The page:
"Non-derivative" evidence was determined by the court to be underlying factual evidence such as raw test data, photographs, videotapes and witness statements submitted in the previous mediation; this evidence was no longer available to the parties because of remedial measures taken and other circumstances. The court reasoned that to prohibit the plaintiffs in the subsequent suit from introducing this evidence would leave them without "access to necessary factual materials with which to conduct their litigation." Such a result, the court held, was not intended by the Legislature when it enacted the mediation confidentiality protections.

Employment Arbitration Agreements

Scrutiny of pre-arbitration clauses in employment agreements was again a major focus for appellate courts in 2002. As has been the case for several years, employer-promulgated arbitration programs represented the lion's share of challenges to arbitration provisions.

Three federal Ninth Circuit cases involving Circuit City Stores' employment arbitration programs were decided in 2002. The first came to the court on remand from the U.S. Supreme Court after it reversed the Ninth Circuit's ruling that the Federal Arbitration Act (FAA) excluded arbitration provisions found in employment contracts [the Supreme Court held in Circuit City Stores v. Adams, 532 U.S. 105 (2001) that the exception found in Section 2 of the FAA applied only to transportation workers, not employees generally].

Despite the reversal, the Ninth Circuit still refused to enforce the arbitration agreement, holding that the terms of the provision were substantively unconscionable pursuant to the California Supreme Court decision in Armendariz v. Foundation Health Psychcare Services, 24 Cal. 4th 83 (2000) [see also Ferguson v. Countrywide Credit Industries, 298 F. 3d 778 (2002) and Mecuro v. Superior Court, 96 Cal. App. 4th 167 (2002) where the Ninth Circuit and the state's second appellate district court likewise refused to enforce employment arbitration agreements they found to be unconscionable].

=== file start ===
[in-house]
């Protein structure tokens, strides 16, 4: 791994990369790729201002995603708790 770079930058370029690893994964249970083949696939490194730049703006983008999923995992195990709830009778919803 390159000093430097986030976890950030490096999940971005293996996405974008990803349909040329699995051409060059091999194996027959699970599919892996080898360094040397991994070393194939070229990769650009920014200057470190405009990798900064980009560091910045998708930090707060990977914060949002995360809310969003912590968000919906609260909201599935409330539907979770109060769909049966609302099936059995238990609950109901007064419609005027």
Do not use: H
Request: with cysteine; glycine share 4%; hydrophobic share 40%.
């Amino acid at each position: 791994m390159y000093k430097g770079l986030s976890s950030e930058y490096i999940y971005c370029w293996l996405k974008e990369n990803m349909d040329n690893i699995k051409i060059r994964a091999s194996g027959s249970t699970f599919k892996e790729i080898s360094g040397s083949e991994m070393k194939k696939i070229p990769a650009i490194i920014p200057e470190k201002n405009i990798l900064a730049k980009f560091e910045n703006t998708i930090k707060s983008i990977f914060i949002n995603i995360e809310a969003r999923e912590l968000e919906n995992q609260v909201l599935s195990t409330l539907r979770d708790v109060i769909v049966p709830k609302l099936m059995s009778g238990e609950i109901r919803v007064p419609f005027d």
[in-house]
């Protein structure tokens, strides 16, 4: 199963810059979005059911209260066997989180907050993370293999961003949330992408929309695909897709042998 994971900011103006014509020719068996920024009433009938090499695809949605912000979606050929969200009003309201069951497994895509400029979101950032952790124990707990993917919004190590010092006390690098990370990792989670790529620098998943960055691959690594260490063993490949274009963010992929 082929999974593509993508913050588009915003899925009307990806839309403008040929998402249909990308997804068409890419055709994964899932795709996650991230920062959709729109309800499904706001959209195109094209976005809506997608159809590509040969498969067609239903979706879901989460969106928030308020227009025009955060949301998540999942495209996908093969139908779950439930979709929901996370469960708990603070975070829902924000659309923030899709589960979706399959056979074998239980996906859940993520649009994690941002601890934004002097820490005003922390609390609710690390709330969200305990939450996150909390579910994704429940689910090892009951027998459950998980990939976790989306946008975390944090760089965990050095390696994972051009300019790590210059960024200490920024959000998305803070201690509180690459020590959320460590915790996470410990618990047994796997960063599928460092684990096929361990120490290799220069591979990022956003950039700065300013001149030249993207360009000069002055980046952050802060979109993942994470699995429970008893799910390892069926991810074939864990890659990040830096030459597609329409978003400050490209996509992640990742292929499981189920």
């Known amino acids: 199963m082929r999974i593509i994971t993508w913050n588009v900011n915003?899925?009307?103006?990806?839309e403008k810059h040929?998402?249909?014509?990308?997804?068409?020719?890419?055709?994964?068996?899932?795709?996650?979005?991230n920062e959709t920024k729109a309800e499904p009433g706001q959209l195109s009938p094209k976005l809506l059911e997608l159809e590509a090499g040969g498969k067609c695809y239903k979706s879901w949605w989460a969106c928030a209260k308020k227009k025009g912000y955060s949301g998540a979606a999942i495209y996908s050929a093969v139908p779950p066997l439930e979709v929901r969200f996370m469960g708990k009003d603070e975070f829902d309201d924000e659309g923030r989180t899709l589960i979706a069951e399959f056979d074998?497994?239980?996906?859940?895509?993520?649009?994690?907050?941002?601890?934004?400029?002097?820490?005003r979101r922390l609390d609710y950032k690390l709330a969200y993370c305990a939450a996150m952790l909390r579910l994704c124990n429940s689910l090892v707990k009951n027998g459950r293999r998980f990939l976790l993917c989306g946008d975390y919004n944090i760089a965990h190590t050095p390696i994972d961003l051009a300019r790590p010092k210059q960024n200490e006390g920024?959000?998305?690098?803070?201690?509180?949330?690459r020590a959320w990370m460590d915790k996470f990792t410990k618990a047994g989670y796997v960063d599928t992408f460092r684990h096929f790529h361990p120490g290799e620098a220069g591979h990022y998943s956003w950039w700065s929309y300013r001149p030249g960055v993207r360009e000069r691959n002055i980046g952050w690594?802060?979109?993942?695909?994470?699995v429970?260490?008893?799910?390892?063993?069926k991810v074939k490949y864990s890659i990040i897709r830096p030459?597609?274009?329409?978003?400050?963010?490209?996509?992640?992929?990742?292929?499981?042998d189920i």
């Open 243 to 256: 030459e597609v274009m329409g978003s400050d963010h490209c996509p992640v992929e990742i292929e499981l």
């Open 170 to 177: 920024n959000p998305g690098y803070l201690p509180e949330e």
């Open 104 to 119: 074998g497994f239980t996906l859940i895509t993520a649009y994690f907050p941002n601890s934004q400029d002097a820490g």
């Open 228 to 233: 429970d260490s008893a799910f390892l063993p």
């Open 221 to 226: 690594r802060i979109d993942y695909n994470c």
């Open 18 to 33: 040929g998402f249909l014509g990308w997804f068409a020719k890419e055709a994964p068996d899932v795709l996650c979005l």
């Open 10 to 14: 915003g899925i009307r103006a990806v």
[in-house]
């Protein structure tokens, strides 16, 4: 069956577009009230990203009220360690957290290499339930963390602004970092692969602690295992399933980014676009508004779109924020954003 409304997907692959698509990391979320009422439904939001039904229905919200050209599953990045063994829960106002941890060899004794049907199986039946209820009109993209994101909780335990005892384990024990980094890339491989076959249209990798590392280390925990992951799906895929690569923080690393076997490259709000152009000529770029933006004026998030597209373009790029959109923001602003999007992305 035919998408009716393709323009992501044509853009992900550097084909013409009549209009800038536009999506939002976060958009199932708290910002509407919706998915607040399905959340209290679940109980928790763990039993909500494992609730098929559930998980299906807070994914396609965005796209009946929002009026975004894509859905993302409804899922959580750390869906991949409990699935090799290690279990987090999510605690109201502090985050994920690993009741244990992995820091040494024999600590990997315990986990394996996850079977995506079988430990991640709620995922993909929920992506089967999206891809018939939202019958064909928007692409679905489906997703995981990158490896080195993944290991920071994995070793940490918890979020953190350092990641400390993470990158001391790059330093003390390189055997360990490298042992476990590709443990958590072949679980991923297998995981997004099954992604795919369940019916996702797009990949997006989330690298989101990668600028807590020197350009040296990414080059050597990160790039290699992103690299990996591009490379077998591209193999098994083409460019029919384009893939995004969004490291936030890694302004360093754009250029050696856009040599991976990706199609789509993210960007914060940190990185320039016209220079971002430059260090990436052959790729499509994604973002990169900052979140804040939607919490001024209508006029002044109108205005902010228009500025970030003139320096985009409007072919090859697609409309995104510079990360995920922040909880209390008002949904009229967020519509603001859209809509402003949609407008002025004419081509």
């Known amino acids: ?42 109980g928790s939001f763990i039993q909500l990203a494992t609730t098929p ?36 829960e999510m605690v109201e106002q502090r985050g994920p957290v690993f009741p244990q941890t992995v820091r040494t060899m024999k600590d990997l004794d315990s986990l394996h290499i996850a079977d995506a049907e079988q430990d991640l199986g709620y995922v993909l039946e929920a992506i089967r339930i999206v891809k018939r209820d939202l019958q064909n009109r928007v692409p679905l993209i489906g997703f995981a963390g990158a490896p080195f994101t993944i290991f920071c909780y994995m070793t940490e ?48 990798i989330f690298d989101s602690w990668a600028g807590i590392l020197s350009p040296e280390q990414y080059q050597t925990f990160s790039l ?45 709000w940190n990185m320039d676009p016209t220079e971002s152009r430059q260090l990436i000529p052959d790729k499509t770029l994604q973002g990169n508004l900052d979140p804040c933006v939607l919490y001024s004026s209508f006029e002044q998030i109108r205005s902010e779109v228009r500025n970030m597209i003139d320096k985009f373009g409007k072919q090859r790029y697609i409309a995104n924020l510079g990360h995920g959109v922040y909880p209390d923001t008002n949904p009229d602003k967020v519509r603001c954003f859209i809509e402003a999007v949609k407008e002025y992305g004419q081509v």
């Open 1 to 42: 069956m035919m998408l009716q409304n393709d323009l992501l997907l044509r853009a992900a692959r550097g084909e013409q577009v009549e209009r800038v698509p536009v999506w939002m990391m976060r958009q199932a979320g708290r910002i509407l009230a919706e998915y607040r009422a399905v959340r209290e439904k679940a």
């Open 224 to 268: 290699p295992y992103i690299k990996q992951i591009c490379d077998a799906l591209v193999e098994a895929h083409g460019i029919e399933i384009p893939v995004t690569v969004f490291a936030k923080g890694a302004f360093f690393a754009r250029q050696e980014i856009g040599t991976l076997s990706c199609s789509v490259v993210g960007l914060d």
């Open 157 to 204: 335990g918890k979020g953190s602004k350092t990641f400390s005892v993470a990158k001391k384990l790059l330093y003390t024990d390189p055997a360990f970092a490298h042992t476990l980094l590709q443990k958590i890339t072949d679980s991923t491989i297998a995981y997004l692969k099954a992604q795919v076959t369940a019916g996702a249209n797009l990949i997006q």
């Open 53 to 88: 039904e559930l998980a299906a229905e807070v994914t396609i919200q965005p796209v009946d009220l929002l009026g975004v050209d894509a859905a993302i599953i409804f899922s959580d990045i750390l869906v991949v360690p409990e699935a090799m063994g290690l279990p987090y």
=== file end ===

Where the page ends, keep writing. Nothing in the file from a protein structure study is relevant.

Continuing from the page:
In two other decisions, however, the Ninth Circuit upheld Circuit City's revised employment arbitration agreements that allowed employees to "opt out" of the agreement within 30 days without repercussions to their employment status. Because the employees in each case were given a meaningful opportunity to opt out of the program, the court held the employees failed to meet the "procedural unconscionability" test -- therefore, the court ruled that it did not need to rule whether the arbitration provisions passed the "substantive unconscionability" standards set out in Armendariz. Circuit City Stores v. Ahmed, 283 F. 3d 1198 (9th Cir. 2002) and Circuit City Stores v. Najd, 2002 DAR 7091 (9th Cir. 2002).

In a case with local ties, the employment arbitration program created by San Diego-based firm Luce, Forward, Hamilton and Scripps -- which had previously been upheld by the state courts -- was again challenged by a potential employee that the firm refused to hire because he would not sign an agreement to arbitrate any future employment dispute he may have with them. [see Lagatree v. Luce, Forward, Hamilton & Scripps, 74 Cal. App. 4th 1105 (1999)]. This time the EEOC took up the cause on behalf of Lagatree, filing a successful lawsuit in federal district court to enjoin Luce, Forward from requiring applicants to arbitrate Title VII claims.

On appeal, the Ninth Circuit, in a 2-1 decision, reversed the district court stating that its decision in Duffield v. Robertson Stephens & Co., 144 F.3de 1182 (9th Cir. 1998) had been "implicitly overruled" by the Supreme Court in the Circuit City case -- the result being that employers could require that employees' Title VII claims be arbitrated. (Circuit City, supra). However, this long battle is not over yet, as an amicus request to reconsider its ruling filed by 14 Congressional Democrats was recently granted by the court.

Mediator and Arbitrator Ethics and Disclosure